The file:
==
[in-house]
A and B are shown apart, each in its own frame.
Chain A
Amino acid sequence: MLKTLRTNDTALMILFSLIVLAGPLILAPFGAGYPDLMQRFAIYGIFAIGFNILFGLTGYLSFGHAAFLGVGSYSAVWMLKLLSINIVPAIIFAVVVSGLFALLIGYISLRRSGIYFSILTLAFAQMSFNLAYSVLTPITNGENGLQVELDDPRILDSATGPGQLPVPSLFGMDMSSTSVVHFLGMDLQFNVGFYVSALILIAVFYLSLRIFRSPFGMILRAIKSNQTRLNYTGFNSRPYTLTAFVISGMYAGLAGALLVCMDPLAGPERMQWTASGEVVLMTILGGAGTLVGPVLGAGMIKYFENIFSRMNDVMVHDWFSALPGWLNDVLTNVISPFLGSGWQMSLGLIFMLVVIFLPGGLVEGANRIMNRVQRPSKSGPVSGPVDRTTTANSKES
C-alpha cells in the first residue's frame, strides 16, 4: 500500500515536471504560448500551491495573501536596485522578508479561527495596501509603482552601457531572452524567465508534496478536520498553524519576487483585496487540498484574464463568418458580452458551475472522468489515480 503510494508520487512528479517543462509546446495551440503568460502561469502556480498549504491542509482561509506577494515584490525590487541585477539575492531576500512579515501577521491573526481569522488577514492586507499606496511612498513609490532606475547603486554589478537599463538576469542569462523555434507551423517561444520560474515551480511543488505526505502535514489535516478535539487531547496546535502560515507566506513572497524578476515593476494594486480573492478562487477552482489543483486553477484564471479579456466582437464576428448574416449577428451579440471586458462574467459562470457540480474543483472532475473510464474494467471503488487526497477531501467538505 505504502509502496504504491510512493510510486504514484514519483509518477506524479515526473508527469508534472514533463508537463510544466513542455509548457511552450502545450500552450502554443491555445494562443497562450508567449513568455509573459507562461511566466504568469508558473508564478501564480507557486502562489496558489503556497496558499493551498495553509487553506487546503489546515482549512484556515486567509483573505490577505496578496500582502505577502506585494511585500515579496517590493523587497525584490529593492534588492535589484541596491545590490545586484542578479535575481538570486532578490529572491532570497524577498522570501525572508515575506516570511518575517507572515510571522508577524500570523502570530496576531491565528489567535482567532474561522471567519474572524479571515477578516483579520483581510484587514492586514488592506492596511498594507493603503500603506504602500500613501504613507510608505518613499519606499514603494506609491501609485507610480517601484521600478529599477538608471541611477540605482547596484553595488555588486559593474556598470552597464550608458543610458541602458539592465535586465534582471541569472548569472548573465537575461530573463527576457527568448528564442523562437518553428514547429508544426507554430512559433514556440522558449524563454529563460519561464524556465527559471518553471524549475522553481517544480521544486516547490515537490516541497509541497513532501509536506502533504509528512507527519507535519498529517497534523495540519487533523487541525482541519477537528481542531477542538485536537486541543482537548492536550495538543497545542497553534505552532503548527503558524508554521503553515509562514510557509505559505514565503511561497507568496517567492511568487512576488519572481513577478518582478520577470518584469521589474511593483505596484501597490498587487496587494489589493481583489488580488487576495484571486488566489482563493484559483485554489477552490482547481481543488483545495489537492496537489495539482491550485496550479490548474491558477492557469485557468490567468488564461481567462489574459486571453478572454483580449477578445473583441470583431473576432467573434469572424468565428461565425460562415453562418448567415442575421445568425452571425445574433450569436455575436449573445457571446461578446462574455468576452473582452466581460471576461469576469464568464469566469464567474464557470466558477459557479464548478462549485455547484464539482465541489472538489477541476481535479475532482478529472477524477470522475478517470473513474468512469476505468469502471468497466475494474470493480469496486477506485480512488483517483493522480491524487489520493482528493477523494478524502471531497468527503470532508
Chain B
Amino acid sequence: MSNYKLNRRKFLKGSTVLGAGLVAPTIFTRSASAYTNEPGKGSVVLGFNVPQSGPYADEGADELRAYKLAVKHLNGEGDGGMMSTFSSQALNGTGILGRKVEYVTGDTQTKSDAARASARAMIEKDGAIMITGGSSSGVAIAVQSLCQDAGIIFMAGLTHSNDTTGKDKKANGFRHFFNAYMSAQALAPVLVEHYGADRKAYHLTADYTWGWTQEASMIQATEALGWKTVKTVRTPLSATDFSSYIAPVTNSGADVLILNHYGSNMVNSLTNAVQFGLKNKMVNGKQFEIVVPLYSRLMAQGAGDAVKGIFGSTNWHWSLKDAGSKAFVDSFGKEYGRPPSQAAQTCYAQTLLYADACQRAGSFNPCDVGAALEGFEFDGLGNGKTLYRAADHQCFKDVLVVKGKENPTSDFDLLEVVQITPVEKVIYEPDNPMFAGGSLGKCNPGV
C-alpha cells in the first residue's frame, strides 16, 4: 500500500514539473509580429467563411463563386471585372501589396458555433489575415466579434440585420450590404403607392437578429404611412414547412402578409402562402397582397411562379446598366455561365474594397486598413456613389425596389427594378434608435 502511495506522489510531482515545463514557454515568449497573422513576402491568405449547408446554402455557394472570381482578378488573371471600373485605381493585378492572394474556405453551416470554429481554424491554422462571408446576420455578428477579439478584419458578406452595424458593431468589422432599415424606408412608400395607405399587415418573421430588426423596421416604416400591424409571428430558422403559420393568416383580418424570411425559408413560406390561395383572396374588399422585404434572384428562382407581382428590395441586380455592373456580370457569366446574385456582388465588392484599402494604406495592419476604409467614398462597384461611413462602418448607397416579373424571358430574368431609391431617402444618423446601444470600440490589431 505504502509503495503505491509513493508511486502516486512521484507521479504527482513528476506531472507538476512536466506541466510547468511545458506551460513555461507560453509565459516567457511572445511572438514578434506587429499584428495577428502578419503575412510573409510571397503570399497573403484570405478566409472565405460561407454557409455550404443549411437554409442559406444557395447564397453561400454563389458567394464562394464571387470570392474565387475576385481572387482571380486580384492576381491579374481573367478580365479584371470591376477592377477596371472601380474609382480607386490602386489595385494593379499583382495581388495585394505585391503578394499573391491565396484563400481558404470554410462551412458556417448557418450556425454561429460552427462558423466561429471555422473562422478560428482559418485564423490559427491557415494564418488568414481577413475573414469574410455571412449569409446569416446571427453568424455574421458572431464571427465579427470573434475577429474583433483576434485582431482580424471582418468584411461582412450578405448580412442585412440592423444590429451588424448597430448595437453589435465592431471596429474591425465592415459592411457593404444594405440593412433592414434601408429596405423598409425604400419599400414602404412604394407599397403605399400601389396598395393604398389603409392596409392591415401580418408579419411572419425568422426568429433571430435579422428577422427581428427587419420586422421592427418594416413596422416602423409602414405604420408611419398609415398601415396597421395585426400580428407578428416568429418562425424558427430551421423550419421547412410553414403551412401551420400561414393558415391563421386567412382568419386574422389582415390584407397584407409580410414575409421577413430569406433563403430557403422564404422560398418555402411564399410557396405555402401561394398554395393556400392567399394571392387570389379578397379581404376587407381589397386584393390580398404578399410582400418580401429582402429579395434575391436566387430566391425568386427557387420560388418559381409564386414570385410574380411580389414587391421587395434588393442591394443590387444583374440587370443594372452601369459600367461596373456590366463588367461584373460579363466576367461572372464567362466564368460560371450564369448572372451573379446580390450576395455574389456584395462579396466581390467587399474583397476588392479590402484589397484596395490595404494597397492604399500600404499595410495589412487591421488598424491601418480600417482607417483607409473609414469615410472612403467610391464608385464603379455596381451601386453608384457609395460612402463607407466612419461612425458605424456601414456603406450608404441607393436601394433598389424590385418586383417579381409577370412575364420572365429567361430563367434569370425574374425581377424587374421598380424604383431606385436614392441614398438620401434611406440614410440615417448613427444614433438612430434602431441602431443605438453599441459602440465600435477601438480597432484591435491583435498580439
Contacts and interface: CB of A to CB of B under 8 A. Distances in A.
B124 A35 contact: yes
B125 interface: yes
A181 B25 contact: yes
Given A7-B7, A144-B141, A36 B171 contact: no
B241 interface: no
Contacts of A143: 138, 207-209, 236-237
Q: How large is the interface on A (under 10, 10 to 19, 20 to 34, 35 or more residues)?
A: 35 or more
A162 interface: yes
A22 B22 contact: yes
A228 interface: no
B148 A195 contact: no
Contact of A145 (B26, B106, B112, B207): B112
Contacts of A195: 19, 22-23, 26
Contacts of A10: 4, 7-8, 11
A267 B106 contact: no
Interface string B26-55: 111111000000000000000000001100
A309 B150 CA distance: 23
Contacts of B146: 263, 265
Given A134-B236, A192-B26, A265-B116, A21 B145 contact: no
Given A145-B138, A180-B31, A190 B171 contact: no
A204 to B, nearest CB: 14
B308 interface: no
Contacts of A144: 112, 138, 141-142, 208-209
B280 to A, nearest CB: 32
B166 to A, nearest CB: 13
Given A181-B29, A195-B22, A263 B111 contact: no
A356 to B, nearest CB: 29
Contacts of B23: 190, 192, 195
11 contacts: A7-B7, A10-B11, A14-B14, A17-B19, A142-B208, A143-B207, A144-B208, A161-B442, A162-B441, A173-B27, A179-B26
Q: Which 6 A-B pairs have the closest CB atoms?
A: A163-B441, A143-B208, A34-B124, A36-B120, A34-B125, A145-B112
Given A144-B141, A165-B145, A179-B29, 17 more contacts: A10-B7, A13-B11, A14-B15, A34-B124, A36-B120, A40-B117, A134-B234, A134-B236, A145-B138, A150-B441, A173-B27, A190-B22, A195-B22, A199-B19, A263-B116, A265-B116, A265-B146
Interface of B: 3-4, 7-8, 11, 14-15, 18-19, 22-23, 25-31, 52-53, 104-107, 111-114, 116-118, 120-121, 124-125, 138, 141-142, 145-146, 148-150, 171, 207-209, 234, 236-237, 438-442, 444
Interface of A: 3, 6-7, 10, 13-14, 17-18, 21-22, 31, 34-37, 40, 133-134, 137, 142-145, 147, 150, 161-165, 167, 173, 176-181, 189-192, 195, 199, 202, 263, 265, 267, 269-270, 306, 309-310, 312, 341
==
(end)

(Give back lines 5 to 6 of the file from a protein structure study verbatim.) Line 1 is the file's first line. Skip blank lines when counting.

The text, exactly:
C-alpha cells in the first residue's frame, strides 16, 4: 500500500515536471504560448500551491495573501536596485522578508479561527495596501509603482552601457531572452524567465508534496478536520498553524519576487483585496487540498484574464463568418458580452458551475472522468489515480 503510494508520487512528479517543462509546446495551440503568460502561469502556480498549504491542509482561509506577494515584490525590487541585477539575492531576500512579515501577521491573526481569522488577514492586507499606496511612498513609490532606475547603486554589478537599463538576469542569462523555434507551423517561444520560474515551480511543488505526505502535514489535516478535539487531547496546535502560515507566506513572497524578476515593476494594486480573492478562487477552482489543483486553477484564471479579456466582437464576428448574416449577428451579440471586458462574467459562470457540480474543483472532475473510464474494467471503488487526497477531501467538505 505504502509502496504504491510512493510510486504514484514519483509518477506524479515526473508527469508534472514533463508537463510544466513542455509548457511552450502545450500552450502554443491555445494562443497562450508567449513568455509573459507562461511566466504568469508558473508564478501564480507557486502562489496558489503556497496558499493551498495553509487553506487546503489546515482549512484556515486567509483573505490577505496578496500582502505577502506585494511585500515579496517590493523587497525584490529593492534588492535589484541596491545590490545586484542578479535575481538570486532578490529572491532570497524577498522570501525572508515575506516570511518575517507572515510571522508577524500570523502570530496576531491565528489567535482567532474561522471567519474572524479571515477578516483579520483581510484587514492586514488592506492596511498594507493603503500603506504602500500613501504613507510608505518613499519606499514603494506609491501609485507610480517601484521600478529599477538608471541611477540605482547596484553595488555588486559593474556598470552597464550608458543610458541602458539592465535586465534582471541569472548569472548573465537575461530573463527576457527568448528564442523562437518553428514547429508544426507554430512559433514556440522558449524563454529563460519561464524556465527559471518553471524549475522553481517544480521544486516547490515537490516541497509541497513532501509536506502533504509528512507527519507535519498529517497534523495540519487533523487541525482541519477537528481542531477542538485536537486541543482537548492536550495538543497545542497553534505552532503548527503558524508554521503553515509562514510557509505559505514565503511561497507568496517567492511568487512576488519572481513577478518582478520577470518584469521589474511593483505596484501597490498587487496587494489589493481583489488580488487576495484571486488566489482563493484559483485554489477552490482547481481543488483545495489537492496537489495539482491550485496550479490548474491558477492557469485557468490567468488564461481567462489574459486571453478572454483580449477578445473583441470583431473576432467573434469572424468565428461565425460562415453562418448567415442575421445568425452571425445574433450569436455575436449573445457571446461578446462574455468576452473582452466581460471576461469576469464568464469566469464567474464557470466558477459557479464548478462549485455547484464539482465541489472538489477541476481535479475532482478529472477524477470522475478517470473513474468512469476505468469502471468497466475494474470493480469496486477506485480512488483517483493522480491524487489520493482528493477523494478524502471531497468527503470532508
Chain B